Next, we headed over to see Ann Cleeves and Andrea Maria Schenkel, both highly acclaimed crime writers, being interviewed by The Observer's crime fiction critic, Peter Gutteridge.
Again, a thoroughly entertaining hour. Cleeves talked of her love of Shetland and how she set out to write Detective Inspector Vera Stanhope as a real woman, someone who isn't glamorous or single by choice, but believable. Brenda Blethyn will play Vera in a TV adaptation early in 2011.
Schenkel spoke of the inspiration for her latest novel Bunker, coming from a trip to an underground bunker in her native Bavaria where it was so black that you couldn't see anything at all, causing her to panic. She also spoke of the strange acquisition of a human skull which she keeps at home, found by her husband in a mound of building dirt. Well, what would you expect from a crime writer?
I really found myself identifying with Cleeves as she spoke of her horror at being asked to produce synopses for a quartet of books. Her natural writing style is to sit down and start typing. The story comes as she writes. In the BBC interview Five Minutes with Ian McEwan, he also describes this method of working, stating that:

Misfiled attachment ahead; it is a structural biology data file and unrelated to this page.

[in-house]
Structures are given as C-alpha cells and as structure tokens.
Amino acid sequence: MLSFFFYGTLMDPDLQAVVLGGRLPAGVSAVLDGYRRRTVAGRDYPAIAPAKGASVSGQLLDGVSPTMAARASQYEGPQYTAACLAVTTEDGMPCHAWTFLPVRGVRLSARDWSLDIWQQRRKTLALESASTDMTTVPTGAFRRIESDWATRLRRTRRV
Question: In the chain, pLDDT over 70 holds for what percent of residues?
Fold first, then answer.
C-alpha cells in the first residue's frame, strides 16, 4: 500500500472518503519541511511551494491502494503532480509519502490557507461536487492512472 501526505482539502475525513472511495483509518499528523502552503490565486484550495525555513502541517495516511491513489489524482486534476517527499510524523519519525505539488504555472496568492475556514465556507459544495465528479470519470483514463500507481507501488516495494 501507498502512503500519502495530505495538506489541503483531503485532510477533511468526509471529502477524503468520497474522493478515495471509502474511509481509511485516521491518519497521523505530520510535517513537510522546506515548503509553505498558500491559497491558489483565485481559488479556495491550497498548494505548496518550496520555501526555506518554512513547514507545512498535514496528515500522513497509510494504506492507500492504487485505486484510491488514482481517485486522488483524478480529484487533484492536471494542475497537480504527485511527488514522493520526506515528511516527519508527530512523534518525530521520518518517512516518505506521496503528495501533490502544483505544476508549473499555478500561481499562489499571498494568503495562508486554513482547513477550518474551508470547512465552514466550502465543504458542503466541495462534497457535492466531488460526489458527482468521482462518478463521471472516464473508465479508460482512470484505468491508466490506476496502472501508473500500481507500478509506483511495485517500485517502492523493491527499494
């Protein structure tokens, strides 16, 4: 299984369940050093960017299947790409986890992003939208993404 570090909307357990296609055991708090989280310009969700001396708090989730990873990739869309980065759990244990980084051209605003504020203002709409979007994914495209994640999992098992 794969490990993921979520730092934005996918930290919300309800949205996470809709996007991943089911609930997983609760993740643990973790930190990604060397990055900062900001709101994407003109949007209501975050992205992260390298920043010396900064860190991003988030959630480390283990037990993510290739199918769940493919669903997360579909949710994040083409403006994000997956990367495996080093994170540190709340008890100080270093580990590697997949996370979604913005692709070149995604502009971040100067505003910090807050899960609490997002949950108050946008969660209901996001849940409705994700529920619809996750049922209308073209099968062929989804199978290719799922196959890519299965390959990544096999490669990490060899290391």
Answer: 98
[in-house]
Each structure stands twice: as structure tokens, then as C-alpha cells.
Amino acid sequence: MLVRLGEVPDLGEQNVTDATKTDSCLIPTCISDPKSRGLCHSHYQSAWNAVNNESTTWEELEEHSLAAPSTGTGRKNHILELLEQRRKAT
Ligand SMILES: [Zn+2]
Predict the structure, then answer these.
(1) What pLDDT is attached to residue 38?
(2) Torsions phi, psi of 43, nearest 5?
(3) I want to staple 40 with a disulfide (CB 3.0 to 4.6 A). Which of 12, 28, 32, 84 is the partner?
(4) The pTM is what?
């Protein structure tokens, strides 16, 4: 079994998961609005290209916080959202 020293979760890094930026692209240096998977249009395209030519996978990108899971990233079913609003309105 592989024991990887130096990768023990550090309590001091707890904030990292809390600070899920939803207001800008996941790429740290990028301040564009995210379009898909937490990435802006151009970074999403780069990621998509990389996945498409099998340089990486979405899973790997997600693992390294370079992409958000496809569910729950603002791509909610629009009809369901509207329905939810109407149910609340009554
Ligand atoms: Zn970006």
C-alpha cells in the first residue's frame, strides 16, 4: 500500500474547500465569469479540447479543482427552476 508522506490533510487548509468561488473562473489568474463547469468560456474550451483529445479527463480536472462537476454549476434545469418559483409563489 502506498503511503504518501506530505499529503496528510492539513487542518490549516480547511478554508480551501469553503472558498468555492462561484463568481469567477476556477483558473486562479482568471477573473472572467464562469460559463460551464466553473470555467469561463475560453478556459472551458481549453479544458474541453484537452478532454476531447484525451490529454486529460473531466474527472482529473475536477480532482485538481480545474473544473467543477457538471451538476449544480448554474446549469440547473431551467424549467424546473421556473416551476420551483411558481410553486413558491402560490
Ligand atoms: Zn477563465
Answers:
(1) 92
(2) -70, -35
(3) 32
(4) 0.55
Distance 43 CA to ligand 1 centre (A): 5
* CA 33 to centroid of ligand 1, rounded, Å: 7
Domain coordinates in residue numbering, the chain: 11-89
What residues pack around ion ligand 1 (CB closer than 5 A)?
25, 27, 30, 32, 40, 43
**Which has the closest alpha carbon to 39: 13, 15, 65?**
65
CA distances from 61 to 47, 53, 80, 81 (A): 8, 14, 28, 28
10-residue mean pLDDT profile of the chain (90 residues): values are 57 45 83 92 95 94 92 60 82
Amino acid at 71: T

"My stories tell themselves in the writing, it's only by writing them that I discover them."
It's nice to hear other people talk about their writing in this way, because it's the same way that I write. There seem to be people who plan meticulously, and people who just sit down and write - both produce novels, it's just a different process of working.
Cleeves also described genre fiction, specifically traditional crime novels, as being like a 'vampire'. Once you've written one, you have to keep writing them to feed your audience. She praised the work of current writers from other countries, as well as Schenkel herself, for writing crime in different, imaginative ways that allowed native British writers to break away from set, traditionalist crime structures.